Facade, Arts West North Building, 2017. Photographer Unknown © University of Melbourne

William Barrett

William Barrett (MA in Philosophy, 2019) ‘Gambling, Rationality and Public Policy

Gambling involves complex social and commercial institutions and practices, large numbers of participants, and vast amounts of money. In this thesis I introduce a philosophical perspective on gambling and its regulation. I develop an account of the rationality of gambling and derive implications for the formation of public policy. The thesis uses methods and theories developed in epistemology, the philosophy of probability, and other branches of philosophy to address conceptual and normative issues about gambling. Along with discussing the concept of gambling the first chapter argues that rational action is tied up with well-informed choice, and that a person can be well-informed relative to choices about gambling in two ways: knowing about the probability of winning both in the short and long-term, or by having relevant skills or information. The second and third chapters aim to show how gambling choices may be irrational because they involve epistemic error, through gamblers forming partial beliefs in ways that fail to be constrained by an adequate understanding of the probable outcomes of events or by basing expectations on ungrounded beliefs about luck. In the fourth chapter I ask whether what I have said so far about the rationality of gambling and its conceptual relationship to autonomous choice raises any ethical issues relevant to public policy. I expand on my claim that the connection between rationality, interests and autonomy forms part of the normative grounds of public policy. I defend the view that public policy concerns practices and institutions which have particular characteristics that suggest the moral principles to be applied in forming policy and argue that the principle of respect for personal autonomy has a central role in good public policy on gambling. The thesis concludes by summarising my arguments for public policy that does not facilitate gambling.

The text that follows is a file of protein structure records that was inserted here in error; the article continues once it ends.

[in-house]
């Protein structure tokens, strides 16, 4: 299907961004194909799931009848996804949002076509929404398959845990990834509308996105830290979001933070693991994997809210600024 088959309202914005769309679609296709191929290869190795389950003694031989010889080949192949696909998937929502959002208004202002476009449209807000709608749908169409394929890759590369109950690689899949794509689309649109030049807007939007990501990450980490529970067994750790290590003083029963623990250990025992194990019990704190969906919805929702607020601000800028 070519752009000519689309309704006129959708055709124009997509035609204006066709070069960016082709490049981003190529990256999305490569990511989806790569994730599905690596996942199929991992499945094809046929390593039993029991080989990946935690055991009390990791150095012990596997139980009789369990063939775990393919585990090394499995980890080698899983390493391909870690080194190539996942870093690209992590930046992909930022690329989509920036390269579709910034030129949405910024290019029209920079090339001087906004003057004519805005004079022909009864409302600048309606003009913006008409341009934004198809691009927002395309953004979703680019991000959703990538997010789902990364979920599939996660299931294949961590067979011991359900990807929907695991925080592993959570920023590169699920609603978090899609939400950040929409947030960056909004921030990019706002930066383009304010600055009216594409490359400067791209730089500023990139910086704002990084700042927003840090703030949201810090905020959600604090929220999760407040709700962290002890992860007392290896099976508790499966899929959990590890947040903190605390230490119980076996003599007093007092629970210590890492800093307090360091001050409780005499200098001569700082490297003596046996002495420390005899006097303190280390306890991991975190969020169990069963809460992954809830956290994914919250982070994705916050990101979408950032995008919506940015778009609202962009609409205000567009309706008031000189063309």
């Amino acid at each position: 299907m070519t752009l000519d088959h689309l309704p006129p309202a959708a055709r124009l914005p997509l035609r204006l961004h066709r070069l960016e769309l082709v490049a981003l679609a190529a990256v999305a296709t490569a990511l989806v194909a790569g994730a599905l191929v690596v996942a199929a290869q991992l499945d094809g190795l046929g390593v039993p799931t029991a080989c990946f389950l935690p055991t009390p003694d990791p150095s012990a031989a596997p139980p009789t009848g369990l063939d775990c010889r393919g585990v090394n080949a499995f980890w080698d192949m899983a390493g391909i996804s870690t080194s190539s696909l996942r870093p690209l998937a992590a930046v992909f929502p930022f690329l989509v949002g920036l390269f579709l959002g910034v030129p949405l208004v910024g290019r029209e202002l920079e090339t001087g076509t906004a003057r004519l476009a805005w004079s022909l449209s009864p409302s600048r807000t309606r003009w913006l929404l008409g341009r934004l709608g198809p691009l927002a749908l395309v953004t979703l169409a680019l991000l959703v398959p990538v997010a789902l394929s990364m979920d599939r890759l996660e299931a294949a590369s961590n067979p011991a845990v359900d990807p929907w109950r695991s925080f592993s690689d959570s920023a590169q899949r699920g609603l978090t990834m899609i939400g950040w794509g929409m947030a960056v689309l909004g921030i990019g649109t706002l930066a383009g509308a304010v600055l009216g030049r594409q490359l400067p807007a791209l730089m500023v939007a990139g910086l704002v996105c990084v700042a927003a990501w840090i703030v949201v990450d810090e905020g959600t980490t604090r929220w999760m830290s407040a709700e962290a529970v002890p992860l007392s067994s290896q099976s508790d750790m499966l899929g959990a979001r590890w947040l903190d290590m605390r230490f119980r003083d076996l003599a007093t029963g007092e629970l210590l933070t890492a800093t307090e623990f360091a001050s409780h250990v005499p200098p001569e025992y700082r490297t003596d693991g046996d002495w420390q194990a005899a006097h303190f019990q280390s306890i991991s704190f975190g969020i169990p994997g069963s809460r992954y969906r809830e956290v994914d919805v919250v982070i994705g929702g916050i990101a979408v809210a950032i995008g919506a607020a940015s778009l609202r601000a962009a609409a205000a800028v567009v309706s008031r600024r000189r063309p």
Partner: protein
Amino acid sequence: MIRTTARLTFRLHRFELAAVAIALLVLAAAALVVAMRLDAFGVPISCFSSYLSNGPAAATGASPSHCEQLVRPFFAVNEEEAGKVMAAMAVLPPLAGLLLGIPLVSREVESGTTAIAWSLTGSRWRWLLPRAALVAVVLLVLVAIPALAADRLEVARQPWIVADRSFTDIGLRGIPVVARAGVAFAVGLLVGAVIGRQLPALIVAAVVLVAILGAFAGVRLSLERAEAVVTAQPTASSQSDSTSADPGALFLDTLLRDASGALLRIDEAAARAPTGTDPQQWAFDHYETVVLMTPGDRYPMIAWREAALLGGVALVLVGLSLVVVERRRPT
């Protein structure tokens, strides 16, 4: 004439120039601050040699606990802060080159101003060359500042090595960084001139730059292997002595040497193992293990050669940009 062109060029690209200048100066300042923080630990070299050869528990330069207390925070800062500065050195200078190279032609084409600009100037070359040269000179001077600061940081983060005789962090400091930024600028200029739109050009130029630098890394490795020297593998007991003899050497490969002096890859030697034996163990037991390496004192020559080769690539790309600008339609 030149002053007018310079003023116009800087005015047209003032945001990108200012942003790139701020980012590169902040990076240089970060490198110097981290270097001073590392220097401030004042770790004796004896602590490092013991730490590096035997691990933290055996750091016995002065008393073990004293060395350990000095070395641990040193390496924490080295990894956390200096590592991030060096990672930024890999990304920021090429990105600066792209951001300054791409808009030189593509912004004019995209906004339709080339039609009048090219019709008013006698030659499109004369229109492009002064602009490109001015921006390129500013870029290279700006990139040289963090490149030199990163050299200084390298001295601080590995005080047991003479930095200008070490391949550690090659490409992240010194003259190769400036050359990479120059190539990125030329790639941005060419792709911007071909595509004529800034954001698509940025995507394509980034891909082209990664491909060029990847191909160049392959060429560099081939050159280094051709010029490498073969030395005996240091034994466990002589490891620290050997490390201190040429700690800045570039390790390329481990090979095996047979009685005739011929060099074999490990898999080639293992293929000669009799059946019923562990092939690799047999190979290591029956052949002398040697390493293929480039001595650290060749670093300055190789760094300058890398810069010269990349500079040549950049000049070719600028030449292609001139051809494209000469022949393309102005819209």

Supervisor: Andrew Alexandra